Network Working Group Y. Sheffer
Internet-Draft Intuit
Intended status: Informational June 25, 2016
Expires: December 27, 2016

Requesting Comments: Enabling Readers to Annotate RFCs


RFCs were initially intended as, literally, requests for comments. Since then, they have turned into standards documents, with a peculiar process to report errors and a highly onerous process to actually have the RFC modified/republished. Non-IETF participants are typically unaware of any way to provide feedback to published RFCs, other than direct email to the listed authors. This is very different from the way many web specifications are developed today and arguably leads to the value of published RFCs diminishing over time. This document proposes an experiment to remedy this situation through the deployment of web annotations.

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This Internet-Draft will expire on December 27, 2016.

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1. Introduction

IETF participants use the term “RFC” on a daily basis. We all know that “RFC” stands for “Request for Comments”. However the RFCs we publish are anything but requests for comments. RFCs today are static documents that do not invite comments. Acute readers who insist on providing feedback will find the following text: “Information about the current status of this document, any errata, and how to provide feedback on it may be obtained at” Once on this page, they will only find the email address of a working group, which may long be defunct.

We can do better than that. This document proposes, as a process experiment [RFC3933], to enable web annotations on published RFCs. The target audience is non-IETF participants, essentially the IETF’s customers. We discuss the advantages of such a system and the risks associated with it.

1.1. Conventions used in this document

The key words “MUST”, “MUST NOT”, “REQUIRED”, “SHALL”, “SHALL NOT”, “SHOULD”, “SHOULD NOT”, “RECOMMENDED”, “MAY”, and “OPTIONAL” in this document are to be interpreted as described in [RFC2119].

2. Overview

We propose to enable, for an initial period of 1 year, annotations on published RFCs. Document readers will be able to attach textual comments to published RFCs, and these comments will be public, visible to all other readers who will also be able to respond to them.

Specifically, we recommend using the Hypothesis ( system on our “tools” RFCs, We propose not to build any custom infrastructure around this system but rather to use it as-is. When the experiment is done, we will publish an experiment report which will enable the IETF to decide whether this is of benefit for the long term.

3. Advantages

We foresee RFC annotations being used for a variety of purposes by RFC consumers, including:

Other advantages are indirect:

4. Potential Risks

The following section lists some of the issues and risks associated with this proposal, along with a few concrete ways to mitigate some of them.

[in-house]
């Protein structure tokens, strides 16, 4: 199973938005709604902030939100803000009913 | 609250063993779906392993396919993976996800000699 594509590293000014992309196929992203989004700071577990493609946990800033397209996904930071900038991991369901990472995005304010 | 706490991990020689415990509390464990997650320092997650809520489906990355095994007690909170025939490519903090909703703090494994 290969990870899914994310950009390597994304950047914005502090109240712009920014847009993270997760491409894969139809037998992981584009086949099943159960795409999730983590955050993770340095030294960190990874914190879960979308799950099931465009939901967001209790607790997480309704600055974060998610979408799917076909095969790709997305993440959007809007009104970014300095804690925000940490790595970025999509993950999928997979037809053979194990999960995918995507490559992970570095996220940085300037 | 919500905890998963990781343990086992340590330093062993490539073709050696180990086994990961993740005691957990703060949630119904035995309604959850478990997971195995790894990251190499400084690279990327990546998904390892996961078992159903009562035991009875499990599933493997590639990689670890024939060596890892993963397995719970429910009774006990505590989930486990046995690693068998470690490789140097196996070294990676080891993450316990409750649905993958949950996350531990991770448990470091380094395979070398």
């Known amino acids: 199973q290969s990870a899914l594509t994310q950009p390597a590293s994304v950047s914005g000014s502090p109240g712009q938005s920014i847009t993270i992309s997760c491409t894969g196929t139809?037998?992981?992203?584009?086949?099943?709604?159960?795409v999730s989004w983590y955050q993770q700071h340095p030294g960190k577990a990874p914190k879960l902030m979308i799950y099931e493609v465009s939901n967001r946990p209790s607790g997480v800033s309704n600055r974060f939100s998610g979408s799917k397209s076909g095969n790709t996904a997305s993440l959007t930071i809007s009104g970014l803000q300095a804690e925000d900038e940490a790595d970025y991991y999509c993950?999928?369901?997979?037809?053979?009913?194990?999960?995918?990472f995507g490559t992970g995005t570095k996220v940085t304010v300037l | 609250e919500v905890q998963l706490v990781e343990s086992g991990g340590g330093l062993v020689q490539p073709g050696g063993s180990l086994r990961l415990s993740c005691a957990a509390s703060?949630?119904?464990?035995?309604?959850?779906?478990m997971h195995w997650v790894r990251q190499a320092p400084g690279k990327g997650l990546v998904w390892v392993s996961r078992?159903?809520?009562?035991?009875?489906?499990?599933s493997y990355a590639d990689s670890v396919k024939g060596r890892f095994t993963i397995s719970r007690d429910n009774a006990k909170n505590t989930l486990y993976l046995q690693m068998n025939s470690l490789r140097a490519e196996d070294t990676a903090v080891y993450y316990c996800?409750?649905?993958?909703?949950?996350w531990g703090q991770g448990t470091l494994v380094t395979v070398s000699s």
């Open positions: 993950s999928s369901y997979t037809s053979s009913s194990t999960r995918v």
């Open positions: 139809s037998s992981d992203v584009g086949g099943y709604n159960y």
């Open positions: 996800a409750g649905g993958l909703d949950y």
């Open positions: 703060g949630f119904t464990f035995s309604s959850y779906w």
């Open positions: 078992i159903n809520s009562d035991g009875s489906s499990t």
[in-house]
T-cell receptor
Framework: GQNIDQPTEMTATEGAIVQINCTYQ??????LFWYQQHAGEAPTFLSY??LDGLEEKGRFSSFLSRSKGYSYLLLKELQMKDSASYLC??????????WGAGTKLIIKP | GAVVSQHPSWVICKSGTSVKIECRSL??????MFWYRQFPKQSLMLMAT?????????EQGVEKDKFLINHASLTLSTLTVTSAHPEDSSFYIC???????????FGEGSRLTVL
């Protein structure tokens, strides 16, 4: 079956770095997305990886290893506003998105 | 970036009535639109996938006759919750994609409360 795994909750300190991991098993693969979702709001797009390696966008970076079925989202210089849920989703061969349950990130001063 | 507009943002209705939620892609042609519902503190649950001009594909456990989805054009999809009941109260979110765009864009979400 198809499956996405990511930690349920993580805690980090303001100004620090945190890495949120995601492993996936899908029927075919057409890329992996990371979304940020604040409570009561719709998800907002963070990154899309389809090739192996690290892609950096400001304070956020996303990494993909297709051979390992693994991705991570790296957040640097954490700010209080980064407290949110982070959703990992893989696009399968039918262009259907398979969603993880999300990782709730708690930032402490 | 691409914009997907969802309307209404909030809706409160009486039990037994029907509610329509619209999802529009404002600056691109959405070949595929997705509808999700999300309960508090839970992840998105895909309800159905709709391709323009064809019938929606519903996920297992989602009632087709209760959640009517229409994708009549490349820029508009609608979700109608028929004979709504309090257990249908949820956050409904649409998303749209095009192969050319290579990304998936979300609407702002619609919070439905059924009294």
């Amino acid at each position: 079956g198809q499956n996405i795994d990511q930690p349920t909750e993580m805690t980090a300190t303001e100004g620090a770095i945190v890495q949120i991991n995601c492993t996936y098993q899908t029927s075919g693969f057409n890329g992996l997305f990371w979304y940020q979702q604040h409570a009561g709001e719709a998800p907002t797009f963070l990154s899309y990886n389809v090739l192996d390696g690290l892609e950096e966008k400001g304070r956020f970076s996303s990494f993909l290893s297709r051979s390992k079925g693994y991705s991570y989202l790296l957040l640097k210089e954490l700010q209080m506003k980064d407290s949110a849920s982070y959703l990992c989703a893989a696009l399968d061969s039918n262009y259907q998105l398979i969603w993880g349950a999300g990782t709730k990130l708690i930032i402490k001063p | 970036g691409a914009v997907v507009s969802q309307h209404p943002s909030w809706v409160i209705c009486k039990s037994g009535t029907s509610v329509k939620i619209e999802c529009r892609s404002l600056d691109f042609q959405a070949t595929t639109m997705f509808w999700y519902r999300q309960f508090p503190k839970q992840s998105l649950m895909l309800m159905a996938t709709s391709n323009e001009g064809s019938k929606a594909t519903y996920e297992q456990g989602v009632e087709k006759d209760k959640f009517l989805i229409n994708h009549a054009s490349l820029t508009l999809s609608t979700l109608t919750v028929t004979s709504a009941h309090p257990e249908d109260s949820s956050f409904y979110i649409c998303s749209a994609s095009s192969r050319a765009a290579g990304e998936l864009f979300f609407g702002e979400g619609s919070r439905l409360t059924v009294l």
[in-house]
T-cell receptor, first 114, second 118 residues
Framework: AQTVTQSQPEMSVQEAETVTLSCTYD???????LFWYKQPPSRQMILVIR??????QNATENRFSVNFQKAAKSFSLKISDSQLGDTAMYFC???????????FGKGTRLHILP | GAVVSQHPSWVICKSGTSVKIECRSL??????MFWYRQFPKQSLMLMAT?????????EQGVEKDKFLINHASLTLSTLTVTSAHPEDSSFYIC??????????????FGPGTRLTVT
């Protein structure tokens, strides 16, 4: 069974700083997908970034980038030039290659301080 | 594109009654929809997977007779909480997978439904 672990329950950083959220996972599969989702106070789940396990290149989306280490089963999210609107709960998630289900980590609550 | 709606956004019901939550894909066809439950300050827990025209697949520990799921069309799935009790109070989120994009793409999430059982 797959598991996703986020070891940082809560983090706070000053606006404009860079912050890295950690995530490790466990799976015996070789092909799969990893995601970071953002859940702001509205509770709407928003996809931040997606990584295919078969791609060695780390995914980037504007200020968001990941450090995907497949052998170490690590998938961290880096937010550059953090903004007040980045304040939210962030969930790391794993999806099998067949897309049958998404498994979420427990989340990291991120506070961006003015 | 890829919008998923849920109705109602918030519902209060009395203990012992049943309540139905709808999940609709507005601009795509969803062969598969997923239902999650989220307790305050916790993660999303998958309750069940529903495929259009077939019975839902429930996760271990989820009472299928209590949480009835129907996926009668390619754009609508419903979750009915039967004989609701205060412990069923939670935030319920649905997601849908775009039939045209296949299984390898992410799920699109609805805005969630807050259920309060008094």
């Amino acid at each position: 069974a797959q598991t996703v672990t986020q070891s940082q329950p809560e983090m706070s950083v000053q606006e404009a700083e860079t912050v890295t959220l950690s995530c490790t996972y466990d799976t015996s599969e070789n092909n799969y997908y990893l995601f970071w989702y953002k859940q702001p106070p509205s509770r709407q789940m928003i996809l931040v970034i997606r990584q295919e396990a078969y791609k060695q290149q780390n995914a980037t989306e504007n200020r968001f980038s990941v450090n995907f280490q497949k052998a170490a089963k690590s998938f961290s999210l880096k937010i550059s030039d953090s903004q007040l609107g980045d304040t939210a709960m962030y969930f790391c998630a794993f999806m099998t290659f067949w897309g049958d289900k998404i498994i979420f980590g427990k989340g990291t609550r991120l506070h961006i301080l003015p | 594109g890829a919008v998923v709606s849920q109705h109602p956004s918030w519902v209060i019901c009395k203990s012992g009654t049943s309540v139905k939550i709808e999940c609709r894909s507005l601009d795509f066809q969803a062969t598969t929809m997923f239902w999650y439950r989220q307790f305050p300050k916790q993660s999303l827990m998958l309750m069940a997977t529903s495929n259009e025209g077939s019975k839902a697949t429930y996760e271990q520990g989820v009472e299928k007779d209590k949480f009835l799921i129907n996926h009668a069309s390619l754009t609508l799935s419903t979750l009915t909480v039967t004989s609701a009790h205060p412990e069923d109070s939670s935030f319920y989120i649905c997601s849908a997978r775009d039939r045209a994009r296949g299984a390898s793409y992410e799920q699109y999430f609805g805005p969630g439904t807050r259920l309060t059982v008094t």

4.1. Annotations can be improper and abusive

From a legal perspective, IETF deals with user-generated content continuously (Internet drafts, mailing lists, wikis), so we know how to solve the problem.

However there can be a reputation cost, and in extreme cases people may be driven away from a document because of defacement. We might need to apply some after-the-fact moderation to annotations, similarly to what we have now on the IETF discussion list.

4.2. IPR issues around annotations

All public annotations made on Hypothesis are explicitly in the public domain. See also the Hypothesis Terms of Service, Note that Hypothesis itself is a non-profit organization.

4.3. Security and Privacy

Before they can annotate any pages, users need to register into Hypothesis. Pseudonyms are explicitly allowed, but an email address must be provided. Hypothesis does not currently support any federated login such as OpenID.

The Hypothesis TOS declares that they do not track users of the service. As far as the we have seen, they only deploy a Google Analytics cookie.

Issue: can the GA cookie be disabled for particular URLs?

All traffic between the user’s browser and Hypothesis is SSL-protected.

4.4. Long-term retention of annotations

If at the end of the experiment we choose to migrate to a different platform or to deploy a private copy of Hypothesis, we should be able to use their documented API to retrieve any extant annotations and store them into the new system.

4.5. What if we build it and nobody comes

This would constitute a failure of the experiment, but would not have any other ill effects.

5. Proposed Technical Solution

Technically, to enable annotations we simply need to add one line to each RFC published on the “tools” site:

<script async defer src=""></script>

RFC authors and WG participants can be alerted whenever their documents are annotated using RSS and Atom feeds such as:

The Hypothesis system is open source, which means that it can be adopted to our needs during the experiment or later.

6. Trying it for Yourself

7. Normative References

[RFC2119] Bradner, S., "Key words for use in RFCs to Indicate Requirement Levels", BCP 14, RFC 2119, DOI 10.17487/RFC2119, March 1997.
[RFC3933] Klensin, J. and S. Dawkins, "A Model for IETF Process Experiments", BCP 93, RFC 3933, DOI 10.17487/RFC3933, November 2004.

Appendix A. Document History

A.1. draft-sheffer-ietf-rfc-annotations-00

Initial version.

Author's Address

Yaron Sheffer Intuit EMail:

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